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Thursday 21 November 2019
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Kelsey’s Landing Should Join National Network to Freedom of the National Park Service

Op/Ed By George Payne

 

Founder and Director Gandhi Earth Keepers International www.gandhiearthkeepers.org

Founder and Director
Gandhi Earth Keepers International
www.gandhiearthkeepers.org

Editor’s note: The following is a letter written by Gandhi Earth Keepers International Founder George Payne on behalf of the Lower Falls Foundation, in an effort to include Kelsey’s Landing site in the National Network to Freedom of the National Park Service.

To the National Underground Railroad Network to Freedom Site Selection Committee:

We are writing on behalf of the Lower Falls Foundation, to offer our endorsement of the proposal to include the historical Kelsey’s Landing site in the National Network to Freedom of the National Park Service.

 

Alexander Kelsey and associates built Kelsey’s Landing around 1844, at the Lower Falls, along the banks of the Genesee River. Cargo steam ships conveyed lumber and flour across Lake Ontario, to Detroit and Canadian markets. Frederick Douglass and Harriet Tubman led freedom seekers onto these same ships, arriving from as far west as Ohio, and as far east as Maryland. After several private owners and recreational ventures, the city of Rochester purchased the land in 1904, and commissioned the Olmsted Brothers firm to design a park encompassing this historic and popular recreational area with a view of the Lower Falls. The site stands today as Seneca Park West, added to the National Register of Historic Places in 2003.

The city of Rochester enjoys a prominent and long-standing relationship with the legacy of Frederick Douglass. This relationship is the foundation of our nomination. Douglass first published his North Star newspaper in 1847, at the first African Methodist Episcopal Zion Church at Spring and Favor Streets in Rochester. The church was also a stop on the Underground Railroad. Douglass lived in Rochester until 1872. Many of the individual pieces of the mosaic of the historical figure of Douglass were set during his residency in Rochester. Douglass also hosted politician and philanthropist Gerritt Smith, fellow publisher William Lloyd Garrison, abolitionist Susan B. Anthony, and activist John Brown. In 1851, he met Harriet Tubman, and sheltered freedom seekers at his Alexander St. residence in Rochester. Douglass himself traveled this route, fleeing for his safety after being implicated in the John Brown Raid. Douglass, the conductor, orator and publisher, found himself at Kelsey’s Landing, accompanied by the Post family members, being himself conducted to Canada, and later England to escape arrest on charges of conspiracy with John Brown.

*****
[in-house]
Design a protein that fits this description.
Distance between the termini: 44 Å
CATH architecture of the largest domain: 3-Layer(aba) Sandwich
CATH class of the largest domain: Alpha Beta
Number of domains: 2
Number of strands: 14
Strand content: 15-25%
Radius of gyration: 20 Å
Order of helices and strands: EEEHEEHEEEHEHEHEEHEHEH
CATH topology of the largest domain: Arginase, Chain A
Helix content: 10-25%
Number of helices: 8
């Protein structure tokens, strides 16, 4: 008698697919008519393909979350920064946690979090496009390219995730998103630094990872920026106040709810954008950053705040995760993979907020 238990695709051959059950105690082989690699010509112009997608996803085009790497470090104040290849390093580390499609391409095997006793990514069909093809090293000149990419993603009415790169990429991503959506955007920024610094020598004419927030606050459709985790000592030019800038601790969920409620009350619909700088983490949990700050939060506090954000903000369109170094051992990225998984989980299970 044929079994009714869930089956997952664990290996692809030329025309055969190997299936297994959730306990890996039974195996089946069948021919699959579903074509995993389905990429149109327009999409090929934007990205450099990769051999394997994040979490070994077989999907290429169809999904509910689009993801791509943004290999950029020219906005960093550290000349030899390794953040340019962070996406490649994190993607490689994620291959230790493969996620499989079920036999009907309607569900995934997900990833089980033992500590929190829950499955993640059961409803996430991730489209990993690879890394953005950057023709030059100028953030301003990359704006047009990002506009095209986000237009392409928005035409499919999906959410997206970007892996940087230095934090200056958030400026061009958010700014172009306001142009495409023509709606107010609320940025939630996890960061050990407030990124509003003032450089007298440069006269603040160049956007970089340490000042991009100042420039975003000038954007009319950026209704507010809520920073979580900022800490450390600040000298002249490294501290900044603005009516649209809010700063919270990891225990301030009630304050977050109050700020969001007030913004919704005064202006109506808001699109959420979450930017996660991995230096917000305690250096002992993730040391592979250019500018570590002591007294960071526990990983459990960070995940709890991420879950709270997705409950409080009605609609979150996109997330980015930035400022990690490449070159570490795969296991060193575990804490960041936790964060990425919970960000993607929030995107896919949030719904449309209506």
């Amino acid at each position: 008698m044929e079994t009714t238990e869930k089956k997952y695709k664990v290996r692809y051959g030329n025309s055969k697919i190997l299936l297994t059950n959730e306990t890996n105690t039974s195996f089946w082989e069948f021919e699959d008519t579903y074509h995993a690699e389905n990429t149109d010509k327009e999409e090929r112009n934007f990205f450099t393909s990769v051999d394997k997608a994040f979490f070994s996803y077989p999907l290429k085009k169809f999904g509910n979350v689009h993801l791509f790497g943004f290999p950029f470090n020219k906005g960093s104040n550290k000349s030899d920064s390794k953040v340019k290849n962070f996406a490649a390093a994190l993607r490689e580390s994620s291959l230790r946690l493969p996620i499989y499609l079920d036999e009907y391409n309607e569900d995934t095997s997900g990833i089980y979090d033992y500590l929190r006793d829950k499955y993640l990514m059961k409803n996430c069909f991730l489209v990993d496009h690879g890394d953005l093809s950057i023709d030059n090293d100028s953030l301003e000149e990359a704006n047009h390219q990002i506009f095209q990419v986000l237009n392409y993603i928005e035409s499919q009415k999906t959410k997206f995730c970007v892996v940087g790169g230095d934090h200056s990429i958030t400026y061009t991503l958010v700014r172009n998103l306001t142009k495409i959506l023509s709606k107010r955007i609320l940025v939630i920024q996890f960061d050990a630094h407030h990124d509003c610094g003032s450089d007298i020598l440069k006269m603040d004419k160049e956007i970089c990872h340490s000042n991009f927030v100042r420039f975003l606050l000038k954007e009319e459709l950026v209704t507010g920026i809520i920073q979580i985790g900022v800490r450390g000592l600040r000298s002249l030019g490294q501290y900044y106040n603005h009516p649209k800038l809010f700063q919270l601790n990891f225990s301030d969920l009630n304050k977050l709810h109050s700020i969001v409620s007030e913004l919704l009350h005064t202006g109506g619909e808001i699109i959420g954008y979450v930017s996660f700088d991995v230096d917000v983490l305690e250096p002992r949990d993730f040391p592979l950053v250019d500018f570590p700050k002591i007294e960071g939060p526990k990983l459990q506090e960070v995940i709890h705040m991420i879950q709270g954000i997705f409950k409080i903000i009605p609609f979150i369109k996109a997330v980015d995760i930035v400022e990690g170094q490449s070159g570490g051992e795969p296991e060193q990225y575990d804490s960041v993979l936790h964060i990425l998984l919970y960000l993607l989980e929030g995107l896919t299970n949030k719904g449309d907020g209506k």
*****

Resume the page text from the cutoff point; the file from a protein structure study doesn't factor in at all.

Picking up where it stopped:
The city also features the Frederick Douglass monument, made in a majestic, 9-foot tall bronzed likeness of Douglass that is the first public statue erected to honor an African American. The gravesite of Frederick Douglass is located at the Victorian Mount Hope Cemetery in Rochester, NY. Mount Hope Cemetery has been listed on the National Register of Historic Places since 1974.

The designation of the Kelsey’s Landing as a Network to Freedom Site would enhance the compelling storytelling already underway in our community, and would embolden our efforts to articulate the legacy of this critical time in our history.

The Lower Falls Foundation Staff

www.lowerfallsfdn.com

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